The crisis of Macedonian media began in 2008, but escalated in the last few years. The result was breaking all existing ethical and moral journalist rules, the disappearance of professionalism in journalism and the loss of the media’s role as guardian of democracy. No one has thought of a solution yet.
As AVMU pointed out, “in this moment which is very vulnerable for the Macedonian society, it is very important for media to stay impartial and to treat all different opinions and beliefs equally, enabling the public to shape its own opinion about different events and questions”. But the interview with Zoran Zaev, leader of the biggest opposition party SDSM on the pro-government TV program Sitel, ruined all beliefs and expectations of society about media treatment as expression of democratic society and principles. This interview takes place in the period of negotiations between political parties about the necessity of media reforms and confirmation if the conditions for fair and democratic elections (which should take place on the 24th of April) are in accordance with the Contract from Przino. One of the conditions in this contract is the creation of fair and equal media treatment of all political subjects.
Breaking the law and non-existing functional regulative frame. Is the exit from this media crisis possible only through self-regulation?
According to the Media law, the broadcasting of contents that might provoke or spread discrimination, intolerance and hatred based on race, gender, religion or nationality is forbidden. The same law guarantees the freedom of speech which indicates the responsibility of media to be open for different opinions and diversity of contents, be respectful of people’s individuality and dignity, to transmit the information in order for the public to be informed and to ensure media pluralism.
The interview with Zoran Zaev in the daily news on the most popular and watched TV channel “Sitel” broke most of the rules of the Media law. The audience could witness the insults and accusations expressed by the managing editor of “Sitel” with which he broke the rule for acceptance of human individuality and dignity, discrimination towards certain nationalities was expressed and also, the rule for acceptance of different opinions in media wasn’t respected. The behavior of the managing editor also broke the basic principles of broadcasting anticipated in the Law for audio and audiovisual media services. According to this law, the humane and moral values of people should be nursed and developed; one person’s dignity should be protected; people should feel that the public is just and reasonable and that it defends democratic freedom by objective and impartial representation of events and equal treatment of diverse opinions and beliefs.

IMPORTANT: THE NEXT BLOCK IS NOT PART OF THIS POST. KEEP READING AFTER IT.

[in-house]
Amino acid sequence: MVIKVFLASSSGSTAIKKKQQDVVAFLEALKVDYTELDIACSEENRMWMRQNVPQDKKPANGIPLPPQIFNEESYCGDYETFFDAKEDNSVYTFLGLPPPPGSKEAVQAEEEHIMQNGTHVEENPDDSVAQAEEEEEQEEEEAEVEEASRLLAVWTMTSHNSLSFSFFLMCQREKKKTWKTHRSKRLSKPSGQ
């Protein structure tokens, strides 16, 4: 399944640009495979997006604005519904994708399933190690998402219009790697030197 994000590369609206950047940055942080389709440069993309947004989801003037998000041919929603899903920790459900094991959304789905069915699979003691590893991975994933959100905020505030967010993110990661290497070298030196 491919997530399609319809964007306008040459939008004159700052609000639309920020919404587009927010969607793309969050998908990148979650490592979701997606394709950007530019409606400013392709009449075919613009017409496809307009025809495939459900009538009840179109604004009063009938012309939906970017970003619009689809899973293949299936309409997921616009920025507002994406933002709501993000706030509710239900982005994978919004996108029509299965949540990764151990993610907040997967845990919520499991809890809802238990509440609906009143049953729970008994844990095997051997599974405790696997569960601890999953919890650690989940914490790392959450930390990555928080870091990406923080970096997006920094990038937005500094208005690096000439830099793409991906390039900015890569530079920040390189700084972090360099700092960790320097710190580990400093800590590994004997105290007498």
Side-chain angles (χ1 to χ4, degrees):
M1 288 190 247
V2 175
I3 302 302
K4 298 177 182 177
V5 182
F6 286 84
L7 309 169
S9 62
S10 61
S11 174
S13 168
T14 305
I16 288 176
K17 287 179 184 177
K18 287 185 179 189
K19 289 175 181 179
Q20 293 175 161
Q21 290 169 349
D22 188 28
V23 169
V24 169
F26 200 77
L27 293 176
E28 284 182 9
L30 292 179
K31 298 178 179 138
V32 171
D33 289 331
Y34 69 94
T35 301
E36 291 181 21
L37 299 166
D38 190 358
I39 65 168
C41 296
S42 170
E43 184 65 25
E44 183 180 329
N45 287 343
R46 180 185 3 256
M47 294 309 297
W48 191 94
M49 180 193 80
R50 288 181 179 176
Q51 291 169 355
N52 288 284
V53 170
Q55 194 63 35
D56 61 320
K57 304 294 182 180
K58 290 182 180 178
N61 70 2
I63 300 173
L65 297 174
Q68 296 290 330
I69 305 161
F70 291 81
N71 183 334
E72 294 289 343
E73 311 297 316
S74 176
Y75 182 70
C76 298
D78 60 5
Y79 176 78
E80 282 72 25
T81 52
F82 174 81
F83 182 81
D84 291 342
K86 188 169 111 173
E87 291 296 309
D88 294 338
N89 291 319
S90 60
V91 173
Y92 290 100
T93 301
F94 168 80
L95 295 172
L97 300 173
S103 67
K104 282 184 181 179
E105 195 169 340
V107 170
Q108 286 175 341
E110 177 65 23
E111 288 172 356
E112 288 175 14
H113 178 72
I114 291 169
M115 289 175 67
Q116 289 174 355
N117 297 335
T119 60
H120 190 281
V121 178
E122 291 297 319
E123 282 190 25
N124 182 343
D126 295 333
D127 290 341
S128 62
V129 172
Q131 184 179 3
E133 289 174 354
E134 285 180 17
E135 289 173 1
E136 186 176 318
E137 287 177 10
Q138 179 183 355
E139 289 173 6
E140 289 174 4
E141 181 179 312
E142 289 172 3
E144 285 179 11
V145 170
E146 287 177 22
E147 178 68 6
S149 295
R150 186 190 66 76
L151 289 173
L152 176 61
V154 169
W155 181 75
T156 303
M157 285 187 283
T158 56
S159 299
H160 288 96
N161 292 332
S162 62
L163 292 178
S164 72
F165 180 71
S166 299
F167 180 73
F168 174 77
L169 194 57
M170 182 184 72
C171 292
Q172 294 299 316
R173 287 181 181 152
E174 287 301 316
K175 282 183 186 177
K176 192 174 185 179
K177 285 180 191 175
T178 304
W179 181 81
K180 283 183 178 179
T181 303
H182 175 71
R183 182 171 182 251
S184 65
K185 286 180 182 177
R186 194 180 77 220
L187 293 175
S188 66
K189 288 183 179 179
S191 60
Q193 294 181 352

The long standing media crisis in this country baffles media in fulfilling their primary role which is – serving the public interest. Instead, the Macedonian media scene is filled with political propaganda, hate speech and disorder of moral values. Until today, there hasn’t been any serious sanction against it.